India remains the world’s largest arms buyer by a huge margin, even as regional rivalries spur the flow of arms to other countries in Asia, according to a report released Monday by the Stockholm International Peace Research Institute (SIPRI).
India increased its arms imports by 111 percent in the past five years compared with 2004–08, and it now accounts for 14 percent of the world’s arms imports. The mainly Russian-supplied flow of arms to India dwarfs the imports of its regional rivals China and Pakistan, the second- and third-largest buyers.
“There is money, there is threat perception, and there is a willingness of exporters to supply weapons,” said Siemon Wezeman, a senior researcher with SIPRI Arms Transfers Program and a co-author of the report.
The United States and Russia dominate arms exports — over half the market, combined — but their business has diversified and shifted focus from Europe toward emerging world powers such as India, Brazil and China. Even as European imports declined by a full quarter over the past five years, the volume of global arms sales climbed 14 percent in 2009 through 2013 compared with the previous five-year period, SIPRI found.
Because arms sales fluctuate year to year, SIPRI uses a five-year average to provide a more stable measure of trends.
By a substantial margin, Asia witnessed the greatest growth in arms imports. The region buys 47 percent of the globe’s major weapons. Among the bigger importers is South Korea, which ranked eighth in that period, reflecting both the country’s burgeoning economic prowess and rising tensions with North Korea. The South has devoted its considerable defense spending to being able to detect and destroy North Korean missiles, SIPRI said.
But the global arms-importing trifecta consists of three Asian countries that eye each other with constant suspicion: India, Pakistan and China. Though India went on the biggest buying spree in the world, Pakistan has boosted its weapons imports by 119 percent and now ranks third in the world behind China, which has gained a foothold in high-tech arms exports as well. Relations between India and Pakistan have been hostile since they split in 1947, a history punctuated by several wars and an ongoing border dispute in the Kashmir region, but China’s recent efforts to expand its regional military presence are viewed as especially threatening.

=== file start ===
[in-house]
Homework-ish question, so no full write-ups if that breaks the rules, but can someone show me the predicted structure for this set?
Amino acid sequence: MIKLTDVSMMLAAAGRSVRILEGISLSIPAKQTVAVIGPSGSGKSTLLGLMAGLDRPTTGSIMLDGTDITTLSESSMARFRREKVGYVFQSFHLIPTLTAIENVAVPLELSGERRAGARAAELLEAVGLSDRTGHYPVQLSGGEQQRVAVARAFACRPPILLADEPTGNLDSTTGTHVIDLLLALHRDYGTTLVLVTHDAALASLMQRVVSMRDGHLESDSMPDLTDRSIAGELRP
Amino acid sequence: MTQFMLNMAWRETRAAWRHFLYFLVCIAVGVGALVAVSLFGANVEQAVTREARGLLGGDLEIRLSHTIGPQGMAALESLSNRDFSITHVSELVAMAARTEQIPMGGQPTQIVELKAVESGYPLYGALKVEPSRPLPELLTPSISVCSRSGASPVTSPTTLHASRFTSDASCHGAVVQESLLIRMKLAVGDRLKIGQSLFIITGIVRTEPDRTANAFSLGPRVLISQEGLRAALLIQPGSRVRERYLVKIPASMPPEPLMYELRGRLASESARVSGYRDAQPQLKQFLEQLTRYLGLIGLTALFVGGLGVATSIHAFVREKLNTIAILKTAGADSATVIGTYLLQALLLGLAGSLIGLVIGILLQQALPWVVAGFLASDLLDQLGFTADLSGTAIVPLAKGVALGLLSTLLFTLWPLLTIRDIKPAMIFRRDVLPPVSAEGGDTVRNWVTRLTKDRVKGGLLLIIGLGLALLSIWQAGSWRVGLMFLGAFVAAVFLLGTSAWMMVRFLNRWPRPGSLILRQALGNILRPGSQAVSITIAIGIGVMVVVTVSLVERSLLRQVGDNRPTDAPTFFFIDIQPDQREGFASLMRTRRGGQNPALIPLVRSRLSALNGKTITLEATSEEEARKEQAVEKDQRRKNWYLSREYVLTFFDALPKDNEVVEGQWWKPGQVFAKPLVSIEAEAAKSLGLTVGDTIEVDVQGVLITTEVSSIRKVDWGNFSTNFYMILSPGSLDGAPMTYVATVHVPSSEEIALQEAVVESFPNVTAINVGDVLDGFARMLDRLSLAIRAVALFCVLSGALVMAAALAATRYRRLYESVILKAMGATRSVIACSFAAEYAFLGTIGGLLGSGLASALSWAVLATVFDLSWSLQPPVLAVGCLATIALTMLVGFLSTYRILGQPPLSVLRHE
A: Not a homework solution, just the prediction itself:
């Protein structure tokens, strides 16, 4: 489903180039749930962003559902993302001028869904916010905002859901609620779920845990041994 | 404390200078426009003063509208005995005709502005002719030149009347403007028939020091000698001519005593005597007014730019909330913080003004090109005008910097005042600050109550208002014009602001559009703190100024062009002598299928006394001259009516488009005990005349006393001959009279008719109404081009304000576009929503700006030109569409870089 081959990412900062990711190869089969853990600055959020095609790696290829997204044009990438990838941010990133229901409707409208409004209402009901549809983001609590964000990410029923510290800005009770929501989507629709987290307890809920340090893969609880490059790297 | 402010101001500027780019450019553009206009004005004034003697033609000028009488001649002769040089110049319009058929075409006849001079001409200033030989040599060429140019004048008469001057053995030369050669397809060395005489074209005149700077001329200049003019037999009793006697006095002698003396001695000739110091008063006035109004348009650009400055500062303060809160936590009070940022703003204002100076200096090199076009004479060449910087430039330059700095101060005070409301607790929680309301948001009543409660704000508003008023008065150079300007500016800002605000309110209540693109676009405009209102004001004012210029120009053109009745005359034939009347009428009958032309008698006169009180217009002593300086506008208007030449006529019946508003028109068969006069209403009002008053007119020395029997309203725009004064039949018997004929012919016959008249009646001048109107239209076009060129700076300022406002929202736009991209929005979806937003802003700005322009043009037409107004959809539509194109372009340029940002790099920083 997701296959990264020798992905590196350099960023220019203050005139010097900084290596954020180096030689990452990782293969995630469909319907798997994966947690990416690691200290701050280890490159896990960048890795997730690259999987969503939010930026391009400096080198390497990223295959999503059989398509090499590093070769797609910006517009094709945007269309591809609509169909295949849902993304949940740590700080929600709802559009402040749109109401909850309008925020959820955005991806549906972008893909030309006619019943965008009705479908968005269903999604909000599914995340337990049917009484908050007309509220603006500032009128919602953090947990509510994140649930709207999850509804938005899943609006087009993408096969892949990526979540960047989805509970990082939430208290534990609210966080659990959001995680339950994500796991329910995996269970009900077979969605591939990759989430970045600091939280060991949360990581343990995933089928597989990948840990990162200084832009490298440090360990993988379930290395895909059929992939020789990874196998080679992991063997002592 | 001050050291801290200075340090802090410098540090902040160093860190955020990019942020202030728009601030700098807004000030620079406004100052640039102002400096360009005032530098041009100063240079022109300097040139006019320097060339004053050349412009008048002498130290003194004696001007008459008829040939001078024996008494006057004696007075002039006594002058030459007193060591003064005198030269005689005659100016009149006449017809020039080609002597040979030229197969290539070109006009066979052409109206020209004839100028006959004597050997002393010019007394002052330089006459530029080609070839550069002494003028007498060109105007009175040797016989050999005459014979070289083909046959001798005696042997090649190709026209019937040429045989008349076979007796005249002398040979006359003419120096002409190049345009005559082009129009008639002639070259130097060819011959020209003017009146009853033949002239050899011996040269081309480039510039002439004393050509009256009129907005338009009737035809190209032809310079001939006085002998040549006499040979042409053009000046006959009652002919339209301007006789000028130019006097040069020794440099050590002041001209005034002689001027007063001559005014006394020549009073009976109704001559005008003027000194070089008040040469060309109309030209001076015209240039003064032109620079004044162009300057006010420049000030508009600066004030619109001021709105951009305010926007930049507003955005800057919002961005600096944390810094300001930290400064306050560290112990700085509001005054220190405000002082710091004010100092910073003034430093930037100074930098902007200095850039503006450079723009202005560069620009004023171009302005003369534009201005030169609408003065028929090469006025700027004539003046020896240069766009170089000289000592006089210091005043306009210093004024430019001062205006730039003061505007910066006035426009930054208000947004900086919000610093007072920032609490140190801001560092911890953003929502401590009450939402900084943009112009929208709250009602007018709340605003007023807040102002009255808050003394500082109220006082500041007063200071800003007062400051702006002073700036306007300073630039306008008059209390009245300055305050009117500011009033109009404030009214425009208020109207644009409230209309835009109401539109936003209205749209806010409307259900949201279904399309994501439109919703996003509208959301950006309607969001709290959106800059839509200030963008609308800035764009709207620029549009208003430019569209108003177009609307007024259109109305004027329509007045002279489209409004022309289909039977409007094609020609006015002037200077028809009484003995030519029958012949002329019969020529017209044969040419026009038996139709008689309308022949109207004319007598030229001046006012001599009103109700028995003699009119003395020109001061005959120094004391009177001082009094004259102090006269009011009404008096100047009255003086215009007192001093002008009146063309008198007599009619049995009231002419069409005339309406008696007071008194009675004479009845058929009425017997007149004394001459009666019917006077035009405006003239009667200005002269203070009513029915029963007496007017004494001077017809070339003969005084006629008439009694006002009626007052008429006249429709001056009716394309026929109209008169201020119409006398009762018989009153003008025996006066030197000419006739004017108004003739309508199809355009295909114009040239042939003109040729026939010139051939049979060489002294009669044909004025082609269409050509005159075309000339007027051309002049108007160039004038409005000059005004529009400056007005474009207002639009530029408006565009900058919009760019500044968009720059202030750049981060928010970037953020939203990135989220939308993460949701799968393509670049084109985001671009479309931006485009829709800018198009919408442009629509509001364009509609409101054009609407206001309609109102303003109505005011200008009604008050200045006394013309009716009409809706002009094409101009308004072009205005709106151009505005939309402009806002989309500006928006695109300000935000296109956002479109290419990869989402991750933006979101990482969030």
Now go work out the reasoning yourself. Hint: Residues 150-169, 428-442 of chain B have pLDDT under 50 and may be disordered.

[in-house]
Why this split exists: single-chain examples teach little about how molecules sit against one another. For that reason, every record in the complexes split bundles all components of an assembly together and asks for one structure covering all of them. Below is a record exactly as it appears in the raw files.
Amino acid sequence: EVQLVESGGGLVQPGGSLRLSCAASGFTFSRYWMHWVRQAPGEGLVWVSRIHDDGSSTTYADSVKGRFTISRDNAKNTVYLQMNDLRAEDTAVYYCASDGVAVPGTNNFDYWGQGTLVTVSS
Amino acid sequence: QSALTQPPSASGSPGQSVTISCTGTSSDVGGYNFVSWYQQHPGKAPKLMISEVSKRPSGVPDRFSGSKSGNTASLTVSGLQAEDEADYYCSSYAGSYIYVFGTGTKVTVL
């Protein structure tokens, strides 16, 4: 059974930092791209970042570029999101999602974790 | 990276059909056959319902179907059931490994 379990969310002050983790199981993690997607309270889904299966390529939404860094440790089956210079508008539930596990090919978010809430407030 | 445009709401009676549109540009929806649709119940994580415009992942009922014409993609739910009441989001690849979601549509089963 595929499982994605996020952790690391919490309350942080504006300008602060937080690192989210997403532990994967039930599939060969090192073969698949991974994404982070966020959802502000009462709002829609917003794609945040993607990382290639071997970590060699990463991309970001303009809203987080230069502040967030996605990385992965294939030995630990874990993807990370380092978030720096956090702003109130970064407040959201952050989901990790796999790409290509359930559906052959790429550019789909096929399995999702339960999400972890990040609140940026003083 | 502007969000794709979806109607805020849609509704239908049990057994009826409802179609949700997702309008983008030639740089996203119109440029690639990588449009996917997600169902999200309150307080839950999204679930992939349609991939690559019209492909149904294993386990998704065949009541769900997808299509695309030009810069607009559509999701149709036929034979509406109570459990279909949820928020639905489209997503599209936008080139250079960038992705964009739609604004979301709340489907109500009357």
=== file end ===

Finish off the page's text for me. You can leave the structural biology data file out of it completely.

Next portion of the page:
“China’s naval modernization is starting to infringe on the Indian Ocean, which India considers its backyard,” Wezeman said. “That’s why you see both countries expanding naval forces slowly and carefully toward Southeast Asia.”
India’s arms-buying is also explained by the country’s failure to satisfy its appetite for weaponry through domestic production. “A growing India still depending on foreign companies for a substantial part of our defense needs is not a happy situation,” the country’s Defense Minister A.K. Antony admitted at a defense expo in New Delhi last month. Of the world’s top 10 weapons buyers, India has the second-lowest domestic production, trailing only Saudi Arabia. Most analysts place the blame on poor infrastructure, limited real estate and civil sector corruption.
But the threat of imminent war is not the only factor that motivates the hoarding of high-tech arms. “India, it sees itself as a regional power, if not a world power,” Wezeman said. “When you have those ambitions, that requires some military powers or muscle that you can show off. Otherwise, it’s not really power. So prestige does play a role in weapons acquisition.”
Global stature also appears to motivate Brazil’s climbing weapons imports, despite the relative placidity of South America. With one of the world's fastest-growing economies, Brazil has sought to build on its role as the most powerful nation on the continent. As it charts that course, it has increased weapons imports by 65 percent in 2009 through 2013 versus 2004 through 2008. That includes an order for 36 combat aircraft from Sweden for $4.8 billion and four submarines from France for $9.7 billion. Brazil has announced plans to replace its aircraft carrier, the only one in South America. “You ask yourself, what is that good for? It fits a prestige role much better than anything else,” Wezeman said.
Other regions where arms buying has picked up include the Persian Gulf (called the Arabian Gulf by some Arab nations), home to the fourth- and fifth-largest importers in the world, the United Arab Emirates and Saudi Arabia, respectively. Conflict-ridden African states like Sudan and Uganda also witnessed huge increases in 2009 through 2013 compared with the previous period.
Europe, the only region to observe a sharp decline arms imports, has faced limited threats to its stability as well as a long-running eurozone economic crisis, which has contracted spending in most countries. “But that all may change considering how Russia is using missile policy toward Ukraine,” Wezeman said. “It has already lead to discussions in Poland and Sweden about whether those countries actually have enough missiles to deal with a more assertive Russia.”